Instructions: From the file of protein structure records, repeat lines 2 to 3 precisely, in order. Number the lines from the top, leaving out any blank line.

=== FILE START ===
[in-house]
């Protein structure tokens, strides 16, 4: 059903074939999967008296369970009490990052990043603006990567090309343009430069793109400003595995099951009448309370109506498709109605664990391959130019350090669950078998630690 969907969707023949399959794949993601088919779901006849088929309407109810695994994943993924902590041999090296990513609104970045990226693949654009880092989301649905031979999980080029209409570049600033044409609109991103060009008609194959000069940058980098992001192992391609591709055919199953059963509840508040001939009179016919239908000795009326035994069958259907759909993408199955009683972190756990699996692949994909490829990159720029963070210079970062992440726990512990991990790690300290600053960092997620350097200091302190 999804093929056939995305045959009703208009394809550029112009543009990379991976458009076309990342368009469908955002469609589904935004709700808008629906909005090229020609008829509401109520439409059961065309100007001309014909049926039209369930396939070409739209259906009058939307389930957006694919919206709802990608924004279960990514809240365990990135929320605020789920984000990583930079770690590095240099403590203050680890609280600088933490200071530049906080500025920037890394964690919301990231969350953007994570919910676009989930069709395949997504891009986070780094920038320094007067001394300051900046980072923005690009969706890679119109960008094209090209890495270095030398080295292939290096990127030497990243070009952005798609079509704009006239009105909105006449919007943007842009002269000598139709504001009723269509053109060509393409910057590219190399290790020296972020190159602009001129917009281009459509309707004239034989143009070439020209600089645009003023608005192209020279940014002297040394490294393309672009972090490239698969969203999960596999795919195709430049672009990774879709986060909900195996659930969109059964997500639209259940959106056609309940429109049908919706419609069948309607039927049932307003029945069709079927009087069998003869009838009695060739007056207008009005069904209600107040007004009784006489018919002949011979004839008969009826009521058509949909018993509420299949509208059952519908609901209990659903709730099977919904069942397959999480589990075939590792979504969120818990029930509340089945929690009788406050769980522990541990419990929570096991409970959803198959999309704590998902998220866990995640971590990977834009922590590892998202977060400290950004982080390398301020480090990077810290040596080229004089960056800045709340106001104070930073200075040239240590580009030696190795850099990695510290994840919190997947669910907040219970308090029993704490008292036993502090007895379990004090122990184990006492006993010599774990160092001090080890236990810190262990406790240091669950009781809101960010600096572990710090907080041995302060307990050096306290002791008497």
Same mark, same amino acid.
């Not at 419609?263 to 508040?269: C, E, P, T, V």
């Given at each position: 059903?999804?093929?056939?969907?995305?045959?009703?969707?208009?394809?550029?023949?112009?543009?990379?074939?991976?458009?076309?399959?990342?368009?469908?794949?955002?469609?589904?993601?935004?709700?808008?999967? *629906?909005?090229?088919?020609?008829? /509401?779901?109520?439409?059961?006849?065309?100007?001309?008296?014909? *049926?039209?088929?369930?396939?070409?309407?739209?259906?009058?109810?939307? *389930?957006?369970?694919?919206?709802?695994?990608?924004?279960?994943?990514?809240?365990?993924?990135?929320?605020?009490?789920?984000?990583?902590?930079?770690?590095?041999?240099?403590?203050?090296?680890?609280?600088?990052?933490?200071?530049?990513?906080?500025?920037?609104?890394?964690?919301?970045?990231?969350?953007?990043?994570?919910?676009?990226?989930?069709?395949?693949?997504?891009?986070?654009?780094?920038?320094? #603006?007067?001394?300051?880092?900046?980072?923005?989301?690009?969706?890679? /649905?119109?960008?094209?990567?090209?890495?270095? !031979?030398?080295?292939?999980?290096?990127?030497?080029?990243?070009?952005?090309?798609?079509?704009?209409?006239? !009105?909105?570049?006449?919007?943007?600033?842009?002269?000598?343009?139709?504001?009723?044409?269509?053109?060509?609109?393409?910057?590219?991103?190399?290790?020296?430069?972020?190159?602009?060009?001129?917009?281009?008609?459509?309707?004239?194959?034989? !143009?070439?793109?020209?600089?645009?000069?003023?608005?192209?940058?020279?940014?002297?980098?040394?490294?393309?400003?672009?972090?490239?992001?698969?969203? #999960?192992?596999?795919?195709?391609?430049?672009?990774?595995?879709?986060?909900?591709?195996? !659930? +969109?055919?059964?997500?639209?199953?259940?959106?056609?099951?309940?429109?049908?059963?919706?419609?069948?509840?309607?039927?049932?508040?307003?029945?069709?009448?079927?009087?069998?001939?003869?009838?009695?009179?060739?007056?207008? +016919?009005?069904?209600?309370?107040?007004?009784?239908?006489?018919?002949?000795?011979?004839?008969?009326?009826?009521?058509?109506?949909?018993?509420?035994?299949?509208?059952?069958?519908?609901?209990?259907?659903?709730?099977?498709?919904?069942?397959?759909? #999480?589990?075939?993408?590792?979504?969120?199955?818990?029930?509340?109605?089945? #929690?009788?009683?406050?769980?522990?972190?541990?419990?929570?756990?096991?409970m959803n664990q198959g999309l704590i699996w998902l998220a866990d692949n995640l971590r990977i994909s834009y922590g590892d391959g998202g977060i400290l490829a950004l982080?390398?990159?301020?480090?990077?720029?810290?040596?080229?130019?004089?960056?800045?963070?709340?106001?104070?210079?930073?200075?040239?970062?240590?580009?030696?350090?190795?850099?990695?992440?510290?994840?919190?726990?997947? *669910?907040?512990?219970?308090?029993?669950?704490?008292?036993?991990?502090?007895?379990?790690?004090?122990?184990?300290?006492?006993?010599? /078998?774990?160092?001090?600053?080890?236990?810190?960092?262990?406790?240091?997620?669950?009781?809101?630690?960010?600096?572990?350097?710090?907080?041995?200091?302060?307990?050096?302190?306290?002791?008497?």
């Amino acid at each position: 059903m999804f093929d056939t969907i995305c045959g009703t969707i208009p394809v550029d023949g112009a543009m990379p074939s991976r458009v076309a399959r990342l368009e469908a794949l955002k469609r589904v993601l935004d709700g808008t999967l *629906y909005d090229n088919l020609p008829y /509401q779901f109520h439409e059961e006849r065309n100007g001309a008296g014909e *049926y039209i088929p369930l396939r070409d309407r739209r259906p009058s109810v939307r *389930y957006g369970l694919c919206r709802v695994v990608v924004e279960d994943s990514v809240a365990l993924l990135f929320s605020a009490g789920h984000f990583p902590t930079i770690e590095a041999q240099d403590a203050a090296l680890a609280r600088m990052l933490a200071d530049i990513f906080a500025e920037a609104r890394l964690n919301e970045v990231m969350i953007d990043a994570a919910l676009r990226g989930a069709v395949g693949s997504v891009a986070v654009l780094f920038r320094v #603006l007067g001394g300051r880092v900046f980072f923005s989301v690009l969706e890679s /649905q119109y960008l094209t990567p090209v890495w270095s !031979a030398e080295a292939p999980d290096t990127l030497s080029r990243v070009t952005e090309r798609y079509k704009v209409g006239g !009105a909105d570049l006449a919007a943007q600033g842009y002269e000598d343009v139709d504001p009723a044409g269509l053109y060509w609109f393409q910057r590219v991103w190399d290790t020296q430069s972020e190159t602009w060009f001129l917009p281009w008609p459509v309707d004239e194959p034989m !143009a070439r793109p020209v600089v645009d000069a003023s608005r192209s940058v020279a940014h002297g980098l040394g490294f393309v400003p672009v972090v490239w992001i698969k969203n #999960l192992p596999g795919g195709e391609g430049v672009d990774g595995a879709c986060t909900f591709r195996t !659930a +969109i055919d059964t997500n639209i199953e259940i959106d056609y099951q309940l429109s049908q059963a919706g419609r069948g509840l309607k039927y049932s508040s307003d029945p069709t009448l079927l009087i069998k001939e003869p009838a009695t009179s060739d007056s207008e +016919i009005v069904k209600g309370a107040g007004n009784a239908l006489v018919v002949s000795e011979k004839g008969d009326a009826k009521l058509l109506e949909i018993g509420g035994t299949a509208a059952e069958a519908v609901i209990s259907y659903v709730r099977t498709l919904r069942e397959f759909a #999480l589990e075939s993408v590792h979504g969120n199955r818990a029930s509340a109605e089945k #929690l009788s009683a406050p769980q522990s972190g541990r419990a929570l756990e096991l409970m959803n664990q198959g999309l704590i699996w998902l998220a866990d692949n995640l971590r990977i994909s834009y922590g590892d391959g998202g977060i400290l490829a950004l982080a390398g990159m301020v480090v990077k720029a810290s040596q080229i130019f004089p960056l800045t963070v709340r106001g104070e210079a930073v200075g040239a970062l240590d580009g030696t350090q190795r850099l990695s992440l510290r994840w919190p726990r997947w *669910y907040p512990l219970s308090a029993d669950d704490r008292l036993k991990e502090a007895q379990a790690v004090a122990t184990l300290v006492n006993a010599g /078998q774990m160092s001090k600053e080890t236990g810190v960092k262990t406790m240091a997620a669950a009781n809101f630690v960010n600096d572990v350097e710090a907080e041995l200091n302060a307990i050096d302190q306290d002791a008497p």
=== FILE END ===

């Protein structure tokens, strides 16, 4: 059903074939999967008296369970009490990052990043603006990567090309343009430069793109400003595995099951009448309370109506498709109605664990391959130019350090669950078998630690 969907969707023949399959794949993601088919779901006849088929309407109810695994994943993924902590041999090296990513609104970045990226693949654009880092989301649905031979999980080029209409570049600033044409609109991103060009008609194959000069940058980098992001192992391609591709055919199953059963509840508040001939009179016919239908000795009326035994069958259907759909993408199955009683972190756990699996692949994909490829990159720029963070210079970062992440726990512990991990790690300290600053960092997620350097200091302190 999804093929056939995305045959009703208009394809550029112009543009990379991976458009076309990342368009469908955002469609589904935004709700808008629906909005090229020609008829509401109520439409059961065309100007001309014909049926039209369930396939070409739209259906009058939307389930957006694919919206709802990608924004279960990514809240365990990135929320605020789920984000990583930079770690590095240099403590203050680890609280600088933490200071530049906080500025920037890394964690919301990231969350953007994570919910676009989930069709395949997504891009986070780094920038320094007067001394300051900046980072923005690009969706890679119109960008094209090209890495270095030398080295292939290096990127030497990243070009952005798609079509704009006239009105909105006449919007943007842009002269000598139709504001009723269509053109060509393409910057590219190399290790020296972020190159602009001129917009281009459509309707004239034989143009070439020209600089645009003023608005192209020279940014002297040394490294393309672009972090490239698969969203999960596999795919195709430049672009990774879709986060909900195996659930969109059964997500639209259940959106056609309940429109049908919706419609069948309607039927049932307003029945069709079927009087069998003869009838009695060739007056207008009005069904209600107040007004009784006489018919002949011979004839008969009826009521058509949909018993509420299949509208059952519908609901209990659903709730099977919904069942397959999480589990075939590792979504969120818990029930509340089945929690009788406050769980522990541990419990929570096991409970959803198959999309704590998902998220866990995640971590990977834009922590590892998202977060400290950004982080390398301020480090990077810290040596080229004089960056800045709340106001104070930073200075040239240590580009030696190795850099990695510290994840919190997947669910907040219970308090029993704490008292036993502090007895379990004090122990184990006492006993010599774990160092001090080890236990810190262990406790240091669950009781809101960010600096572990710090907080041995302060307990050096306290002791008497």
Same mark, same amino acid.